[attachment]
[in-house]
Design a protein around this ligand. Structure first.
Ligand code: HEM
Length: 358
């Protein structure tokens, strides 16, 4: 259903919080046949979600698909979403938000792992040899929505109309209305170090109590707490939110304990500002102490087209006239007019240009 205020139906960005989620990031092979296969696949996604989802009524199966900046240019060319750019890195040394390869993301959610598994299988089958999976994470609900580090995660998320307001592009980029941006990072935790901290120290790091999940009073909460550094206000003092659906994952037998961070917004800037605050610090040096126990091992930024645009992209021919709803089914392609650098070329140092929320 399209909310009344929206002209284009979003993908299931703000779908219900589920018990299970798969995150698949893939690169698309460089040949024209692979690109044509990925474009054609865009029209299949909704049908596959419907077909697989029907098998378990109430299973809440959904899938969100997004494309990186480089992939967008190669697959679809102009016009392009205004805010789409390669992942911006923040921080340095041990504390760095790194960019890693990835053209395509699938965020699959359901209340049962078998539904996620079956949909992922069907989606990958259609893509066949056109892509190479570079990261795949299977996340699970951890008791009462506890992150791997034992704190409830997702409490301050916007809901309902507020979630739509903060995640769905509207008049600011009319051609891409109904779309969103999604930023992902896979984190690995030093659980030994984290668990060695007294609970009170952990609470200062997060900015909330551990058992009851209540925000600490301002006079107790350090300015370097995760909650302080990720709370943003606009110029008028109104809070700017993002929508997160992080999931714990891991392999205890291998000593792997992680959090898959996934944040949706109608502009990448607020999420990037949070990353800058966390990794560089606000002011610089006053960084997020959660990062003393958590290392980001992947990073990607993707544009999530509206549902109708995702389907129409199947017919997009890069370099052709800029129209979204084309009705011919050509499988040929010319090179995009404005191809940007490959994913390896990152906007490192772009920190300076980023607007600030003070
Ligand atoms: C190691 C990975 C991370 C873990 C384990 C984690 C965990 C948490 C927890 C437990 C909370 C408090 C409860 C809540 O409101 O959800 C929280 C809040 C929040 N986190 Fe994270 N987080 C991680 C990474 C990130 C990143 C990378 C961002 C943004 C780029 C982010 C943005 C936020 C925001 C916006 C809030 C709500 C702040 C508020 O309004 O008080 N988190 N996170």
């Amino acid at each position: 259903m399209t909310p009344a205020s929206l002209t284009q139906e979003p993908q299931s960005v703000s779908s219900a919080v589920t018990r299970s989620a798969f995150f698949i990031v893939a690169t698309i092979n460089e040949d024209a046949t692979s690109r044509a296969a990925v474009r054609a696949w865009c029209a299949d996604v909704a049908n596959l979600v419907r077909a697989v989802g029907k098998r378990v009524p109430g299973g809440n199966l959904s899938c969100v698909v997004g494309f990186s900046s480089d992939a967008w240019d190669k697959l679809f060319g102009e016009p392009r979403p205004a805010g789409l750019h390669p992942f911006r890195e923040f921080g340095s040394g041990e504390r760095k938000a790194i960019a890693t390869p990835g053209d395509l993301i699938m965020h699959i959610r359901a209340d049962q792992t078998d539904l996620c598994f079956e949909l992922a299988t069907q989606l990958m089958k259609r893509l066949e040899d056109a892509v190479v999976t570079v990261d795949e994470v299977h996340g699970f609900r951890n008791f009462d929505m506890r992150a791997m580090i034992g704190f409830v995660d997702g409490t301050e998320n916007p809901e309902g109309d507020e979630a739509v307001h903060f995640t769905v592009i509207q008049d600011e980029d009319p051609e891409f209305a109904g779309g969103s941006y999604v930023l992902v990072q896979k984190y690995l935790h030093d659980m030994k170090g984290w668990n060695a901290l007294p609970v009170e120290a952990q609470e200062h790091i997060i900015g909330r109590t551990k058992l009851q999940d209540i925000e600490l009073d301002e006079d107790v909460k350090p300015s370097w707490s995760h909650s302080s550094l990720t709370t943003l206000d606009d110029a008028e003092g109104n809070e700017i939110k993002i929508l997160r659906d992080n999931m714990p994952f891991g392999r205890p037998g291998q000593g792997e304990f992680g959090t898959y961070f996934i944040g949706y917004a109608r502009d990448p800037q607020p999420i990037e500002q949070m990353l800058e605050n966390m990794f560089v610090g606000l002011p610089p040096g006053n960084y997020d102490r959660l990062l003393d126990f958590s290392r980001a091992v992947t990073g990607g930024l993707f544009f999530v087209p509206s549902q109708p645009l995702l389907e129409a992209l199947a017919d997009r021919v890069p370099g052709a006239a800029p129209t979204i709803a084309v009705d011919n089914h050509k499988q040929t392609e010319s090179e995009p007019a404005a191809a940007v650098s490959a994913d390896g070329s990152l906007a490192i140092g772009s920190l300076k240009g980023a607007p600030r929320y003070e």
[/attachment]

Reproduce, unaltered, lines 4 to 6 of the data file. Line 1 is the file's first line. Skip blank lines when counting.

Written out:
Length: 358
């Protein structure tokens, strides 16, 4: 259903919080046949979600698909979403938000792992040899929505109309209305170090109590707490939110304990500002102490087209006239007019240009 205020139906960005989620990031092979296969696949996604989802009524199966900046240019060319750019890195040394390869993301959610598994299988089958999976994470609900580090995660998320307001592009980029941006990072935790901290120290790091999940009073909460550094206000003092659906994952037998961070917004800037605050610090040096126990091992930024645009992209021919709803089914392609650098070329140092929320 399209909310009344929206002209284009979003993908299931703000779908219900589920018990299970798969995150698949893939690169698309460089040949024209692979690109044509990925474009054609865009029209299949909704049908596959419907077909697989029907098998378990109430299973809440959904899938969100997004494309990186480089992939967008190669697959679809102009016009392009205004805010789409390669992942911006923040921080340095041990504390760095790194960019890693990835053209395509699938965020699959359901209340049962078998539904996620079956949909992922069907989606990958259609893509066949056109892509190479570079990261795949299977996340699970951890008791009462506890992150791997034992704190409830997702409490301050916007809901309902507020979630739509903060995640769905509207008049600011009319051609891409109904779309969103999604930023992902896979984190690995030093659980030994984290668990060695007294609970009170952990609470200062997060900015909330551990058992009851209540925000600490301002006079107790350090300015370097995760909650302080990720709370943003606009110029008028109104809070700017993002929508997160992080999931714990891991392999205890291998000593792997992680959090898959996934944040949706109608502009990448607020999420990037949070990353800058966390990794560089606000002011610089006053960084997020959660990062003393958590290392980001992947990073990607993707544009999530509206549902109708995702389907129409199947017919997009890069370099052709800029129209979204084309009705011919050509499988040929010319090179995009404005191809940007490959994913390896990152906007490192772009920190300076980023607007600030003070
Ligand atoms: C190691 C990975 C991370 C873990 C384990 C984690 C965990 C948490 C927890 C437990 C909370 C408090 C409860 C809540 O409101 O959800 C929280 C809040 C929040 N986190 Fe994270 N987080 C991680 C990474 C990130 C990143 C990378 C961002 C943004 C780029 C982010 C943005 C936020 C925001 C916006 C809030 C709500 C702040 C508020 O309004 O008080 N988190 N996170």